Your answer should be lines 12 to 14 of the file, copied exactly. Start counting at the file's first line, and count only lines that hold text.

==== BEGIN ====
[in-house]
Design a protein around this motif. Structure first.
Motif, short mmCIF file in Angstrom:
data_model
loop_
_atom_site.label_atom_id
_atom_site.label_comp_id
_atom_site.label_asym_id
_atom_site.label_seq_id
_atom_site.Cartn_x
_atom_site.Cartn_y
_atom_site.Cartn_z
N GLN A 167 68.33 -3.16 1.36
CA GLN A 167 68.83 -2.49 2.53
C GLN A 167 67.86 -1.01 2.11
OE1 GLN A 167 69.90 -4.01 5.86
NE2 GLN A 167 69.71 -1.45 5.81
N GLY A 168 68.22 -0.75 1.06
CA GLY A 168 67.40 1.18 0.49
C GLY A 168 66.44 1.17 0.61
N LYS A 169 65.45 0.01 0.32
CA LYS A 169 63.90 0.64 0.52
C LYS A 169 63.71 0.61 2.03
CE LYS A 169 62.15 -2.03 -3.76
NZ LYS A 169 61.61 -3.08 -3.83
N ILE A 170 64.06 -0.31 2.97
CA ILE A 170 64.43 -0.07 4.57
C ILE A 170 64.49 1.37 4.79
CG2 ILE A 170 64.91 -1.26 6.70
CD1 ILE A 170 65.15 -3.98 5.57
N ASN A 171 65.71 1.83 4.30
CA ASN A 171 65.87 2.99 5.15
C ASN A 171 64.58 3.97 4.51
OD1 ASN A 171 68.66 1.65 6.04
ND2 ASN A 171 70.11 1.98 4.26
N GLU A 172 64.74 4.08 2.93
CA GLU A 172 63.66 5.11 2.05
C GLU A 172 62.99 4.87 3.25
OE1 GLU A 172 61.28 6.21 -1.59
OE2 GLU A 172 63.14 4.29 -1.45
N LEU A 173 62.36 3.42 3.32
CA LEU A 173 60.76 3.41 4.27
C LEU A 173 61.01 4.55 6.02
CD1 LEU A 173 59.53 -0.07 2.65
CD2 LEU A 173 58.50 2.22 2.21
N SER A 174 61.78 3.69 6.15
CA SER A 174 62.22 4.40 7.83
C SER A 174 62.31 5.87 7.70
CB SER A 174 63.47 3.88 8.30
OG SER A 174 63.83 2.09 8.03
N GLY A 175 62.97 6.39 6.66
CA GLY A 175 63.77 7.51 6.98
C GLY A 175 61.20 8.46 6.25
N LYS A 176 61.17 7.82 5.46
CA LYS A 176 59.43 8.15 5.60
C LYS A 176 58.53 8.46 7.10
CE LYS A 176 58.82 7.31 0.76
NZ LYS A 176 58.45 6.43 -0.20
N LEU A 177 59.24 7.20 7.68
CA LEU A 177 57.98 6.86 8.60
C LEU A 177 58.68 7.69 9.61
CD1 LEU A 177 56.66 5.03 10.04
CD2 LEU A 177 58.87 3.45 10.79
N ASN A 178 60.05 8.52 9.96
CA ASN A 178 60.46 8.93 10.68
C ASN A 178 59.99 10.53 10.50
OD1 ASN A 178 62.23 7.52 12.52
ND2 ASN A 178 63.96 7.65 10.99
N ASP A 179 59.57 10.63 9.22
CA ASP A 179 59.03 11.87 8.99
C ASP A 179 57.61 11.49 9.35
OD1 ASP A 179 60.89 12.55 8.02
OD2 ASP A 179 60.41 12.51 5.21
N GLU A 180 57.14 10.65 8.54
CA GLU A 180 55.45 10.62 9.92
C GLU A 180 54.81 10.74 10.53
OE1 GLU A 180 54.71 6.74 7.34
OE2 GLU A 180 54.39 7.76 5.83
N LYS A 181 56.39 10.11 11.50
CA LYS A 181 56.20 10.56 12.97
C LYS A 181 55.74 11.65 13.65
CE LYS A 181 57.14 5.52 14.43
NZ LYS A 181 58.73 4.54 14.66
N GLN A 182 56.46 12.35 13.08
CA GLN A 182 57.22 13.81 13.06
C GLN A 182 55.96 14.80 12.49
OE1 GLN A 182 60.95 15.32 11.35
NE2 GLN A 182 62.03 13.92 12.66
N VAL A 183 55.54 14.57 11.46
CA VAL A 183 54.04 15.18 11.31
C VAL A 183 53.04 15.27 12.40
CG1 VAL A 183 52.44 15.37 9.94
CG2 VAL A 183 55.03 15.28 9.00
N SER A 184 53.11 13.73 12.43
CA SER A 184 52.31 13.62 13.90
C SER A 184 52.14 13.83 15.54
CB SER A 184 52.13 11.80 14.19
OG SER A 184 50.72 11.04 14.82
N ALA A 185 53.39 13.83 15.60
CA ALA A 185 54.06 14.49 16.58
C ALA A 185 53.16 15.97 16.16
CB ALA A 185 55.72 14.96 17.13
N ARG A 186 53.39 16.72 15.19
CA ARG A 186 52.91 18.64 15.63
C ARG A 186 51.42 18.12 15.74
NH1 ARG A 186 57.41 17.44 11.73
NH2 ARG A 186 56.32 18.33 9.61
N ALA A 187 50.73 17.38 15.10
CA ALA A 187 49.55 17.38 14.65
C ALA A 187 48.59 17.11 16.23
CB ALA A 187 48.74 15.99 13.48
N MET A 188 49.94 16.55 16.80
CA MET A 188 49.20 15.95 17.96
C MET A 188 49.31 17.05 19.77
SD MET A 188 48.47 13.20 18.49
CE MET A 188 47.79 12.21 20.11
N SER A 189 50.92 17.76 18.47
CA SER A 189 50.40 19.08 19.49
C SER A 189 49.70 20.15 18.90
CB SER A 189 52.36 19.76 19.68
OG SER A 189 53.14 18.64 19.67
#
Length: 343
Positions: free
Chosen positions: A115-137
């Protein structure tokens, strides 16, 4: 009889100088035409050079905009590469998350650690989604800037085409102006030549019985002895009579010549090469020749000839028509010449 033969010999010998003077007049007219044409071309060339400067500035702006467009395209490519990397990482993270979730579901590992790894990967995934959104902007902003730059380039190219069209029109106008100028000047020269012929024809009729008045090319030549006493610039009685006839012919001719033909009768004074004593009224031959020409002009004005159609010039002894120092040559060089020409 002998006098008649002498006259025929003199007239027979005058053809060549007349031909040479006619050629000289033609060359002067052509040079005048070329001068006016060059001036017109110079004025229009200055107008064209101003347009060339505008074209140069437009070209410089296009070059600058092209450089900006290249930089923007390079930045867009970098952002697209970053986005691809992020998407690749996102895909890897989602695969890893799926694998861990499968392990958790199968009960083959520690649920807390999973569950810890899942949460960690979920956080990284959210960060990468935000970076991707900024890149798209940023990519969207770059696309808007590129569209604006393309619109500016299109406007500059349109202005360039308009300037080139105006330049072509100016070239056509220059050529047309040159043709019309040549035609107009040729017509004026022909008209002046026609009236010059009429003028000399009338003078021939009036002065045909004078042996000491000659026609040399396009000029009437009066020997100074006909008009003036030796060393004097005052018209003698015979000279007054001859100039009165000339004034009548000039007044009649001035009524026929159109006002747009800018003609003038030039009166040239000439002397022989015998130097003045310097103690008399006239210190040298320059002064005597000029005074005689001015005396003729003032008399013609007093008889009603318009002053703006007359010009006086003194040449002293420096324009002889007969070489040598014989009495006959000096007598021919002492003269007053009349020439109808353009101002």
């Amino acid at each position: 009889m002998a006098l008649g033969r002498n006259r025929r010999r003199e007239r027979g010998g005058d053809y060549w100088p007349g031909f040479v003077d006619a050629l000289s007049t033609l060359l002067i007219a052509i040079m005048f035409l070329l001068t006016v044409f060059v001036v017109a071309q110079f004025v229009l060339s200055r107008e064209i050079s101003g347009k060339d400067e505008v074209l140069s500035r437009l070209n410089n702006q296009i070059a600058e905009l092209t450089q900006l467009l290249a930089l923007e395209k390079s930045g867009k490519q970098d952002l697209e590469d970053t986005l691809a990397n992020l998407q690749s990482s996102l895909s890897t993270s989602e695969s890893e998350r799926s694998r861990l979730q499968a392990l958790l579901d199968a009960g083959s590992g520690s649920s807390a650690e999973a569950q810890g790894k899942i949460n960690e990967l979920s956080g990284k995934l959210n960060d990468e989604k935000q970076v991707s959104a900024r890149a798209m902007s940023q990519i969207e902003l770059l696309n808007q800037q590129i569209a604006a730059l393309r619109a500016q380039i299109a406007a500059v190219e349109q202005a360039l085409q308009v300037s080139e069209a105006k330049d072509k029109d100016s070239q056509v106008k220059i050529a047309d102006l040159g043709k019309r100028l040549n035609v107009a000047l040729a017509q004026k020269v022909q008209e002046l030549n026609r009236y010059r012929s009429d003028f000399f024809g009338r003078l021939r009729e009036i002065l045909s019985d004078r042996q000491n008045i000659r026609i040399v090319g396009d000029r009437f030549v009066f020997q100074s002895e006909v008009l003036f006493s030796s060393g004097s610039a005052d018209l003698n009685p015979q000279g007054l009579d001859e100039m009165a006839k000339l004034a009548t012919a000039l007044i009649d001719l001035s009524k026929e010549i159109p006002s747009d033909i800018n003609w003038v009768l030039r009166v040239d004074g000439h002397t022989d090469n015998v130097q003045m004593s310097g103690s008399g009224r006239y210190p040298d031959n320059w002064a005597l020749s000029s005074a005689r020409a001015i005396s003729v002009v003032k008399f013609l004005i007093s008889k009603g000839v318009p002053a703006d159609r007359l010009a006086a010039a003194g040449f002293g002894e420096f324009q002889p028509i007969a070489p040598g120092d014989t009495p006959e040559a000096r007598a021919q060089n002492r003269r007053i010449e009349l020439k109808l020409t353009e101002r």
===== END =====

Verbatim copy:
_atom_site.Cartn_z
N GLN A 167 68.33 -3.16 1.36
CA GLN A 167 68.83 -2.49 2.53